Bruno Leipold
Bruno Leipold
Reply to  Bruno Leipold
4 years ago

And a very good response by Chris Bertram on Crooked Timber: http://crookedtimber.org/2017/01/31/snitching-on-those-in-breach-of-immigration-law/Report

Matt
Reply to  Bruno Leipold
4 years ago

“For one thing, the person in question has few if any options to go through the proper political and legal channels since they were (before the marriage) not a citizen. Second, the ‘proper’ political and legal channels are so heavily skewed against the oppressed (including immigrants) that they have scant legitimacy. Third, given the immense injustice of immigration policy in the USA and other rich nations I think that Green Card marriage counts as a kind of civil disobedience.”

For what it’s worth, it’s important to note that none of the above can be inferred from the actual article. It might apply to the person in question, or it might not. There are a significant number(*) of marriage fraud cases involving people from wealthy countries who are not in any plausible way oppressed, and who have the ability to live perfectly decent lives in the places they are, and who often even have other, if less quick or certain, ways to migrate They simply want other options not currently open to them. Perhaps these options should be open to them. But, that’s a different argument. When thinking about immigration, it’s important to keep in mind that there are remedial cases and non-remedial ones, and if you are making a general argument, you have to be able to include both sets. The argument I am replying to here seems to apply only in the case of remedial cases, but we don’t know if that applies here.
(*) by “significant” here I mean a non-small numerical number, not a large percentage of the total. I do not think the percentage of fraudulent cases is high enough to warrant stronger enforcement measures, or the top possible penalty – which is rarely applied – even if we think the general scheme of immigration rules in a country like the US is sound.Report

Bruno Leipold
Bruno Leipold
Reply to  Matt
4 years ago

If she was not a citizen we can at least infer that several ‘proper’ political and legal channels, including voting and standing for office, were not open to her. We may not know about other features about her case, but neither did Appiah when he said ‘it would be a good thing’ to report her. Even if you were given more detail about her situation, I find it hard to think of many examples where it would be ‘good’ to report her, given the possible legal punishment. Furthermore, what we know about the general injustice and illegitimacy of US immigration policy is also independent of the article’s contents.Report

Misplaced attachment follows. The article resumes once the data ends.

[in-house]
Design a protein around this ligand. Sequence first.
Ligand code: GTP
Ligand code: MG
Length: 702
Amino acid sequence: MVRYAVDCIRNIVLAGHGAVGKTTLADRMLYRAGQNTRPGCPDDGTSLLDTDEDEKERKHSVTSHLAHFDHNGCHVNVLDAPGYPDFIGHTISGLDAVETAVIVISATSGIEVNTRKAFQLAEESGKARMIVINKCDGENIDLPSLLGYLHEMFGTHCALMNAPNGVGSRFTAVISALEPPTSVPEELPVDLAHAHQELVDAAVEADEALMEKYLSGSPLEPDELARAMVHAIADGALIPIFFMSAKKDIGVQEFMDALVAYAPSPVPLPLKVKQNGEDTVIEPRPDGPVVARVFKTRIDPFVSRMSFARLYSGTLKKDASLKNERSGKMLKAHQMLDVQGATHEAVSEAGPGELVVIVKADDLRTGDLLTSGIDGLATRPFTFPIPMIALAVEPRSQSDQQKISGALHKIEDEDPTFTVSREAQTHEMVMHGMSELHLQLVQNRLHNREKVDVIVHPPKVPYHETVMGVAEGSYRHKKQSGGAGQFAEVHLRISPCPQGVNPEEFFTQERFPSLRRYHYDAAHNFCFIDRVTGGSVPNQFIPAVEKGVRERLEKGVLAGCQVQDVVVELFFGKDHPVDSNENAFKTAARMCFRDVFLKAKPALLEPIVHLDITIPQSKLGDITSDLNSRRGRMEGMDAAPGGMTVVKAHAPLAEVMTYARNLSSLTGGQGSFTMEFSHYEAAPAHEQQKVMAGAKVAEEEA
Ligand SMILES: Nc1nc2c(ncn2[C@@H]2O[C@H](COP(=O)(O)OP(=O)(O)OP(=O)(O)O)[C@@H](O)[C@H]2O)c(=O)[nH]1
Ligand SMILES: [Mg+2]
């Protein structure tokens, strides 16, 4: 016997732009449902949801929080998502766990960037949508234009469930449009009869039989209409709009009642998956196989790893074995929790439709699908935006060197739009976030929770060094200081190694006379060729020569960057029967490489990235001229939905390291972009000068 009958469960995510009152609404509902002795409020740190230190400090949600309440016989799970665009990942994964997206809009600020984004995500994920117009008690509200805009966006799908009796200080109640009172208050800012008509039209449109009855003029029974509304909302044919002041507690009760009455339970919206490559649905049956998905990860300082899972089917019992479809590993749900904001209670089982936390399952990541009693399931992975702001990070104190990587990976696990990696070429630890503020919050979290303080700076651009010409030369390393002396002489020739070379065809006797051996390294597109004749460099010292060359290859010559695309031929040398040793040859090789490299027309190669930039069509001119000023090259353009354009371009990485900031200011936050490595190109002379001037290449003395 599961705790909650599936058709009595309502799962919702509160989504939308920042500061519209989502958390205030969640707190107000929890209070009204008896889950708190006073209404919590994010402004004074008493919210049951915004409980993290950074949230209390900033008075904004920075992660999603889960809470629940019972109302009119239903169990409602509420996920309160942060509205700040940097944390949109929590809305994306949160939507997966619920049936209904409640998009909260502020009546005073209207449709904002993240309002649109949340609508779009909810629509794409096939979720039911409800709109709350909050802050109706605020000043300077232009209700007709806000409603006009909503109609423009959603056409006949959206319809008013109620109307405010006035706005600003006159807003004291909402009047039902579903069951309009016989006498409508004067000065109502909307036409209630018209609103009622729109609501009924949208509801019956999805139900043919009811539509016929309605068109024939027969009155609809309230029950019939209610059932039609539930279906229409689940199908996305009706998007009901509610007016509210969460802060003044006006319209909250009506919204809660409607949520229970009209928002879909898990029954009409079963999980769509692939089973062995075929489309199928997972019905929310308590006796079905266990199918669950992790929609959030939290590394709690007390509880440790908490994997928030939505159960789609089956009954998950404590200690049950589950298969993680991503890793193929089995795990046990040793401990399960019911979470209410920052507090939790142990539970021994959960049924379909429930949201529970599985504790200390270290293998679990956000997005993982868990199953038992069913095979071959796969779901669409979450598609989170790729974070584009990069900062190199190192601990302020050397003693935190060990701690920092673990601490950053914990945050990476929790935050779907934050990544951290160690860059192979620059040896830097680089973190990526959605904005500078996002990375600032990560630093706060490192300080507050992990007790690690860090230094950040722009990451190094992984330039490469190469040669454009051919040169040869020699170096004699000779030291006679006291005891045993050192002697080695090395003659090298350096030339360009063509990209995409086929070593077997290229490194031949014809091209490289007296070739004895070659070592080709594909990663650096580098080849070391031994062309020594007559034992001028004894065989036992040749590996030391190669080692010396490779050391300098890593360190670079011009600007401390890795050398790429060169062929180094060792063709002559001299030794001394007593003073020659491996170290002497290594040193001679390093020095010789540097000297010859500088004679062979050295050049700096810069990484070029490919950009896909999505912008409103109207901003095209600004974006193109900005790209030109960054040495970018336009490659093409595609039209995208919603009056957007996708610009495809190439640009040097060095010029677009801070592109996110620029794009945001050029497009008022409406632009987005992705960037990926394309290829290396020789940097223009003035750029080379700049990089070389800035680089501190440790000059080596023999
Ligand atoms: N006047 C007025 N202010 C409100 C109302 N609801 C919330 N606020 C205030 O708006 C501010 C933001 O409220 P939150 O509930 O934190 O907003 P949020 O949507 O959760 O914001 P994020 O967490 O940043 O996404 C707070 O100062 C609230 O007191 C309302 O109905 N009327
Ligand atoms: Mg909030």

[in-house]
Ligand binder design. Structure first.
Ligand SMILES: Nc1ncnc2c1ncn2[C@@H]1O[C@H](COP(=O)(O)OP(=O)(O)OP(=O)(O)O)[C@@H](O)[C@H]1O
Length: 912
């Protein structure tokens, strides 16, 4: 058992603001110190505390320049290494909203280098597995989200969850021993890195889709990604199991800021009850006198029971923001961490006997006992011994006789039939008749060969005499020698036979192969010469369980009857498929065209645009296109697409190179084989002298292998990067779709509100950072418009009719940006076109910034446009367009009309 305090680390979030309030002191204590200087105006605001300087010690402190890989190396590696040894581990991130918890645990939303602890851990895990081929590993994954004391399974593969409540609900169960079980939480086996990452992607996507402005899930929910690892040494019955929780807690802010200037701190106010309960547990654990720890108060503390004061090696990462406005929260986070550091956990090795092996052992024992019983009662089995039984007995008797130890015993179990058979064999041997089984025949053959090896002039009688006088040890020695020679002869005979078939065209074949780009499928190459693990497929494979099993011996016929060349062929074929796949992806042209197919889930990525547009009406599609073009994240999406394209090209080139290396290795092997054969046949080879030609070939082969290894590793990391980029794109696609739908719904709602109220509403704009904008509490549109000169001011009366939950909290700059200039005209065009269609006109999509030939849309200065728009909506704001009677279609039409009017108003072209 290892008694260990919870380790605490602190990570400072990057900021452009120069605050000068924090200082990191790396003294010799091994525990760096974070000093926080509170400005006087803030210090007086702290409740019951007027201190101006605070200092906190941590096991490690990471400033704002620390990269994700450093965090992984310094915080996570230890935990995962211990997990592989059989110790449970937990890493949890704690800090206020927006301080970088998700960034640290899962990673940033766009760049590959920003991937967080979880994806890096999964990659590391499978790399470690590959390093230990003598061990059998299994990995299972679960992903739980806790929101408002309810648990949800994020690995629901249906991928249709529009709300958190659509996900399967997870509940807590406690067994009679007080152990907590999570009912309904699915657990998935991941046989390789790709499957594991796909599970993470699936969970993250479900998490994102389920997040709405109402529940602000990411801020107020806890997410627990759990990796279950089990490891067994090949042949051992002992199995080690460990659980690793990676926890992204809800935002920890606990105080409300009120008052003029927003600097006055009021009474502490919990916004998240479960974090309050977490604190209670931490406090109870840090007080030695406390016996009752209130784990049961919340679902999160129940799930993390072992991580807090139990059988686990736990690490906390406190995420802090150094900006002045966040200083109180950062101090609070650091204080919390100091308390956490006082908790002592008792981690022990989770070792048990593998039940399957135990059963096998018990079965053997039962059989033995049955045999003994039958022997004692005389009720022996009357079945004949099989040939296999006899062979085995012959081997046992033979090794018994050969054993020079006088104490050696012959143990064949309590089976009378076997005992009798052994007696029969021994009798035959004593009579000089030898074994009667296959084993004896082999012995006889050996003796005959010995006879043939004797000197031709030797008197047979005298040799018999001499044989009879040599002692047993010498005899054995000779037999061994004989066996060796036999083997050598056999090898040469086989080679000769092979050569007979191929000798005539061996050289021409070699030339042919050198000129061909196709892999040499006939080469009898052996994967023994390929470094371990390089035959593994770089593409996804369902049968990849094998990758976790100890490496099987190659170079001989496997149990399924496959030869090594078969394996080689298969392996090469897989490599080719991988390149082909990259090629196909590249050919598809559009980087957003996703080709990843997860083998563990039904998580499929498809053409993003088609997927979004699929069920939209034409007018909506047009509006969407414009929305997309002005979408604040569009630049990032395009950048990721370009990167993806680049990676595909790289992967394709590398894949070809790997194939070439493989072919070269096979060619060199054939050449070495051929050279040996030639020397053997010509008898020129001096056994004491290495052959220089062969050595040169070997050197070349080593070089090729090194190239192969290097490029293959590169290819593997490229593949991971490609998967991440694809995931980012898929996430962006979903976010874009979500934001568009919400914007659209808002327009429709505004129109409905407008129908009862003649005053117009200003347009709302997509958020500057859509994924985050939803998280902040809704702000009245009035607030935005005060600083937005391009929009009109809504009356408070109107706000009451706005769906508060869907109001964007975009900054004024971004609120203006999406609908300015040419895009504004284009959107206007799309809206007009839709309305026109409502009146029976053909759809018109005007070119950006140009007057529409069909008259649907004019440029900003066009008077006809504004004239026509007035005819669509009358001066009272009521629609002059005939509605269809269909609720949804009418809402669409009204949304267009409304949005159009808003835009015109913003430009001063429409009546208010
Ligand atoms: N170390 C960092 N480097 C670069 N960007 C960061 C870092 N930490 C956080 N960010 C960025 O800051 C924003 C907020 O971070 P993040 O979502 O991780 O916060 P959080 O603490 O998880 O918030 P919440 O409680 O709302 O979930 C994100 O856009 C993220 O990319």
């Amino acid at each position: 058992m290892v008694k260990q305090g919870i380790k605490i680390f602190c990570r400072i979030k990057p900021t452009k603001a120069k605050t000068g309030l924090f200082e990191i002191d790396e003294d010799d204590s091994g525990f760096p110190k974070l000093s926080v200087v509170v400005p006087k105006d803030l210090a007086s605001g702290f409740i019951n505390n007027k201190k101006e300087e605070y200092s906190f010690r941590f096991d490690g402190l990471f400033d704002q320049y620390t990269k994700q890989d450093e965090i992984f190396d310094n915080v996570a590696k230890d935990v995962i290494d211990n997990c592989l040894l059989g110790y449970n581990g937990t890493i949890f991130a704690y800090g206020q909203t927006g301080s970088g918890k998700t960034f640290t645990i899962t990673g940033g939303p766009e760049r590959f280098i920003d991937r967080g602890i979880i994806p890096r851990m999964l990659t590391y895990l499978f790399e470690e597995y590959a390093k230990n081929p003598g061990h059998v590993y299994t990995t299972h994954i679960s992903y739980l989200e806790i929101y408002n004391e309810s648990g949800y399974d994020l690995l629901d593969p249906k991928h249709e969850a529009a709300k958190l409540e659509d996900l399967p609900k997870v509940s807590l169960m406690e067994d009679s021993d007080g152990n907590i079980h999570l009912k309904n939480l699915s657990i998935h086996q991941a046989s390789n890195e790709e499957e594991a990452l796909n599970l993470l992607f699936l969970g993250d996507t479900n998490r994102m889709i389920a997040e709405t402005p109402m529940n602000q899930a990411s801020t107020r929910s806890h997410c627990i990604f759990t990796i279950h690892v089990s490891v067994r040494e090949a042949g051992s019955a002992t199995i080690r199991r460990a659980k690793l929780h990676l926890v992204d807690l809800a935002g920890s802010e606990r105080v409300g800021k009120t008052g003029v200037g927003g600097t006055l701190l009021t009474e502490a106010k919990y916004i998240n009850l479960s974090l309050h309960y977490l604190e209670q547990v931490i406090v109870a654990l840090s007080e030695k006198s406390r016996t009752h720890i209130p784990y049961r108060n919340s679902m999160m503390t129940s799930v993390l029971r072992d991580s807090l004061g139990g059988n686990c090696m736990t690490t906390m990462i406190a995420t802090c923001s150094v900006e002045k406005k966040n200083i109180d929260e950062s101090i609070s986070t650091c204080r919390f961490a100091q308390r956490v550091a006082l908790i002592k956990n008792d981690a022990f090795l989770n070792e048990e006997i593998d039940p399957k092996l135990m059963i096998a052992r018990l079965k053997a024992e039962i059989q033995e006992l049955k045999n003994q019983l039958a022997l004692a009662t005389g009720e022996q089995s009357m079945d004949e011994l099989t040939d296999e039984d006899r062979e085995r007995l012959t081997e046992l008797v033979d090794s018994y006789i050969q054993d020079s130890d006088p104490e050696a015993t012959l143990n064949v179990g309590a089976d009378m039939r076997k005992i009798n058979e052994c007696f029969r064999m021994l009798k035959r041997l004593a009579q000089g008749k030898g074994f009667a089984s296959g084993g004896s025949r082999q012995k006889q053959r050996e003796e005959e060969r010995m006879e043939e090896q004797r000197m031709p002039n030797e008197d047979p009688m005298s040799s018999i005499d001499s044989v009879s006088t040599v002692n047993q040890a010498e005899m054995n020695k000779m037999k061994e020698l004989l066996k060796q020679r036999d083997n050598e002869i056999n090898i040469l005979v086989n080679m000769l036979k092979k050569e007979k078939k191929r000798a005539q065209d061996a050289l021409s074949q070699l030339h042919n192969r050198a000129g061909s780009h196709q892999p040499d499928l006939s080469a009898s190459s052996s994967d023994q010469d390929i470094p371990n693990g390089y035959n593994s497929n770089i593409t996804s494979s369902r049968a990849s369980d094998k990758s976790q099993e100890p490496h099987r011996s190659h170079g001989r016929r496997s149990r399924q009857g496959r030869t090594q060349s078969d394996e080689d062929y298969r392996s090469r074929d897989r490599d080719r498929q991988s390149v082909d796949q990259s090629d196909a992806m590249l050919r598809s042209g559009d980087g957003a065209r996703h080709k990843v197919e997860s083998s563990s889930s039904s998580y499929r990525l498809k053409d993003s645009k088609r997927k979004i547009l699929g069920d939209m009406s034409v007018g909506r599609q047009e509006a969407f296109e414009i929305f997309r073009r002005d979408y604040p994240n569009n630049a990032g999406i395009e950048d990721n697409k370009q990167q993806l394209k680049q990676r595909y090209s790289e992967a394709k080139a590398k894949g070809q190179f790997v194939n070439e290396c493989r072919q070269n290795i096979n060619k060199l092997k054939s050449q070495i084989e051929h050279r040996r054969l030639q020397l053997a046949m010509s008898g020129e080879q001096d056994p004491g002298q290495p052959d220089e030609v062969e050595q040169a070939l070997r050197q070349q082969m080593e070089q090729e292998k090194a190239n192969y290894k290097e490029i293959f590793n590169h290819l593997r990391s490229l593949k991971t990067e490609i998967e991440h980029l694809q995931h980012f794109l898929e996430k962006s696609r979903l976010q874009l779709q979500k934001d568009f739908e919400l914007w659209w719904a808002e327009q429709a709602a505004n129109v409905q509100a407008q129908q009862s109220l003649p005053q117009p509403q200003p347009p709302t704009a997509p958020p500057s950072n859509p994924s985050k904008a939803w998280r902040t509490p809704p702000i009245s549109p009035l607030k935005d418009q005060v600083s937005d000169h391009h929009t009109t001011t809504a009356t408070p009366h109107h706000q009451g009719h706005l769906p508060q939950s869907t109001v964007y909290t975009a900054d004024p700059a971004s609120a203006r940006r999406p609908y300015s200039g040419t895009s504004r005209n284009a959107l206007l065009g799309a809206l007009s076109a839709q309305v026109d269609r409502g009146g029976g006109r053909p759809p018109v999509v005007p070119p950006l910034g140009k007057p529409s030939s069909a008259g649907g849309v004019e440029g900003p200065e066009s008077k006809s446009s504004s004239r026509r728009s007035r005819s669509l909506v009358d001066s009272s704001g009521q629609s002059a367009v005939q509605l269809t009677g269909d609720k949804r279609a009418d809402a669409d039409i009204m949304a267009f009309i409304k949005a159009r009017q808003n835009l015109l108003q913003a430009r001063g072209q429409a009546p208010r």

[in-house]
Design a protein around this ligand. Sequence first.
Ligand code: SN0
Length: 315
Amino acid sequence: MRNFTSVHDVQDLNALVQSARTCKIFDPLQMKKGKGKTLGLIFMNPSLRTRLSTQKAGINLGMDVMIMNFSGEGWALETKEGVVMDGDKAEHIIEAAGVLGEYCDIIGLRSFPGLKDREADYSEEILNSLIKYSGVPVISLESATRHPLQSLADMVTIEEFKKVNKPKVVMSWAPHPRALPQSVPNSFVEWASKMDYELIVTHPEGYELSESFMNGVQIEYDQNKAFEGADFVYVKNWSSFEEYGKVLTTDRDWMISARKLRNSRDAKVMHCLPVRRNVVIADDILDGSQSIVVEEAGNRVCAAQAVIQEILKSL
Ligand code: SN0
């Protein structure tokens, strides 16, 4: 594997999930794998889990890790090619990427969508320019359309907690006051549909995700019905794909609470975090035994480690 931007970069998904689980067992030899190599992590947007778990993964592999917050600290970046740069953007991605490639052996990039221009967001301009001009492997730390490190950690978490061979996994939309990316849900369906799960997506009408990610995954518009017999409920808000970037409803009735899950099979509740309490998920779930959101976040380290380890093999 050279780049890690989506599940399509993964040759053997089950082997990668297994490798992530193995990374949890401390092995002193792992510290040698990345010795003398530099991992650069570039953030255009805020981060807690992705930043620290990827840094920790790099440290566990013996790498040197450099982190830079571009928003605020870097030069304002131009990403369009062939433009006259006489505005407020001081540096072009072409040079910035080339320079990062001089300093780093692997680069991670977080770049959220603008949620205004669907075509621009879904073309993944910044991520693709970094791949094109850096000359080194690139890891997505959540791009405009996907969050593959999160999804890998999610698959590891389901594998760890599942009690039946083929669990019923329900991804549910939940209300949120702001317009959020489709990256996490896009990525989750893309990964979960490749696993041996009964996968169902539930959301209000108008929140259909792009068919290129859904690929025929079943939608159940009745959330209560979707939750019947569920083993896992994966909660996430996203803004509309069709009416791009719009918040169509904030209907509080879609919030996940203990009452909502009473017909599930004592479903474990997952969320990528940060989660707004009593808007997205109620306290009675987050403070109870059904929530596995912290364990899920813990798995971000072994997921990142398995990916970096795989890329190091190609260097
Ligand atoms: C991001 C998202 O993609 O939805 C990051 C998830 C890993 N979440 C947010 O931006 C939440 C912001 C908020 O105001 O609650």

Matt
Reply to  Bruno Leipold
4 years ago

There are … very many assumptions built in to this reply (and the stuff above.) That’s not a huge problem. I don’t assume that people should make fully worked out arguments in comments on the internet. But, I do think it’s worth noting that the assumptions at play here are, 1) pretty controversial, 2) not obviously right, nor accepted by the large majority of people working in the area, and 3) necessary for the conclusions argued for here to be remotely plausible. If that’s all accepted, I don’t have too many serious worries here, though I do think that this line of thought isn’t of much real use. (I have no use for anarchist-friendly thought at all, as seems to be behind much of this, though of course others may disagree.)Report

Merilyn Jackson
4 years ago

I would never betray a decent person who has done what they need to do to get to a safe haven, and I know some. The arguments here about “LAW” remind me of Nazi Germany when people were either terrified into reporting on each other in order not to be perceived as having broken one of Hitler’s laws or did so out of spite. As human beings our first duty, indeed our instinct, should be to show compassion towards each other, not obedience to law. Our humanity trumps law.Report

Matt
Reply to  Merilyn Jackson
4 years ago

I would never betray a decent person who has done what they need to do to get to a safe haven

That seems pretty reasonable. But, what makes you sure that it applies in this case? Nothing at all in the text suggests it. If it doesn’t apply, how would that change your feelings, if at all? (I would not support reporting the person in the story in any case, I think, but think it’s worth noting that the claim here just isn’t part of the story as presented. It’s being added in.)Report

SH
SH
4 years ago

Thanks for posting this, Justin.

It seems to me that your own analysis assumes that immigration policy (as well as marriage policy) prior to the Trump era was relatively non-arbitrary and non-discriminatory. But these policies have been deeply arbitrary and unfair for most, if not all, of American history. Take, for example, Obama’s policies on Central American refugees or the reversal of policy on Haitian refugees at the end of his presidency. I don’t think the average American has an obligation to enforce such unfair and potentially inhumane laws.

Just one example: during the Bush years, I knew two friends who undertook a “green card marriage”. The American citizen was a lesbian, and the non-citizen was her dear friend, a so-called “dreamer” who was brought to the US undocumented as a small child. At the time there was no reasonable legal recourse for dreamers (and of course, a DACA repeal is on the table now) , and pre-Obergefell, the bride was unable to enter into any non-fraudulent marriage. They had, and still have, a caring and loving friendship. I commend them for finding a humane way to circumvent unfair marriage and immigration laws. If we were reading the stories of real “green-card marriage” participants in full context, I think it would be much harder to defend the rule of law and much easier to recognize the morality of their actions.Report